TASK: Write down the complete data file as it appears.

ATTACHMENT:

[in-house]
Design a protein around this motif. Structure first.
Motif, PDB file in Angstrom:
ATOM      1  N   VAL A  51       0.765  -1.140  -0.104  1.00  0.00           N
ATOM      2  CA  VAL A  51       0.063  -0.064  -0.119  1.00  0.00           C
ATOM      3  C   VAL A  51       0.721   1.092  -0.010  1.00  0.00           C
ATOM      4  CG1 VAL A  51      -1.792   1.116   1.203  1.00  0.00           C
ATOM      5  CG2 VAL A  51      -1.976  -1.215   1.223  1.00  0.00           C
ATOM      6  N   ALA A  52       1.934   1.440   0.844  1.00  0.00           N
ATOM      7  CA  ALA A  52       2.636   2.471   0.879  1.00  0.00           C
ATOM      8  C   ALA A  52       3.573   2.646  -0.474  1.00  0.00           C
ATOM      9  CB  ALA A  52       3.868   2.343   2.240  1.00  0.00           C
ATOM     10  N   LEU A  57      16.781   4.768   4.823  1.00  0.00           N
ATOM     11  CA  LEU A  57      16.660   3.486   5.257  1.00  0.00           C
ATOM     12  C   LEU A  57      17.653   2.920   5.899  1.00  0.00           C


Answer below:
[in-house]
Design a protein around this motif. Structure first.
Motif, PDB file in Angstrom:
ATOM      1  N   VAL A  51       0.765  -1.140  -0.104  1.00  0.00           N
ATOM      2  CA  VAL A  51       0.063  -0.064  -0.119  1.00  0.00           C
ATOM      3  C   VAL A  51       0.721   1.092  -0.010  1.00  0.00           C
ATOM      4  CG1 VAL A  51      -1.792   1.116   1.203  1.00  0.00           C
ATOM      5  CG2 VAL A  51      -1.976  -1.215   1.223  1.00  0.00           C
ATOM      6  N   ALA A  52       1.934   1.440   0.844  1.00  0.00           N
ATOM      7  CA  ALA A  52       2.636   2.471   0.879  1.00  0.00           C
ATOM      8  C   ALA A  52       3.573   2.646  -0.474  1.00  0.00           C
ATOM      9  CB  ALA A  52       3.868   2.343   2.240  1.00  0.00           C
ATOM     10  N   LEU A  57      16.781   4.768   4.823  1.00  0.00           N
ATOM     11  CA  LEU A  57      16.660   3.486   5.257  1.00  0.00           C
ATOM     12  C   LEU A  57      17.653   2.920   5.899  1.00  0.00           C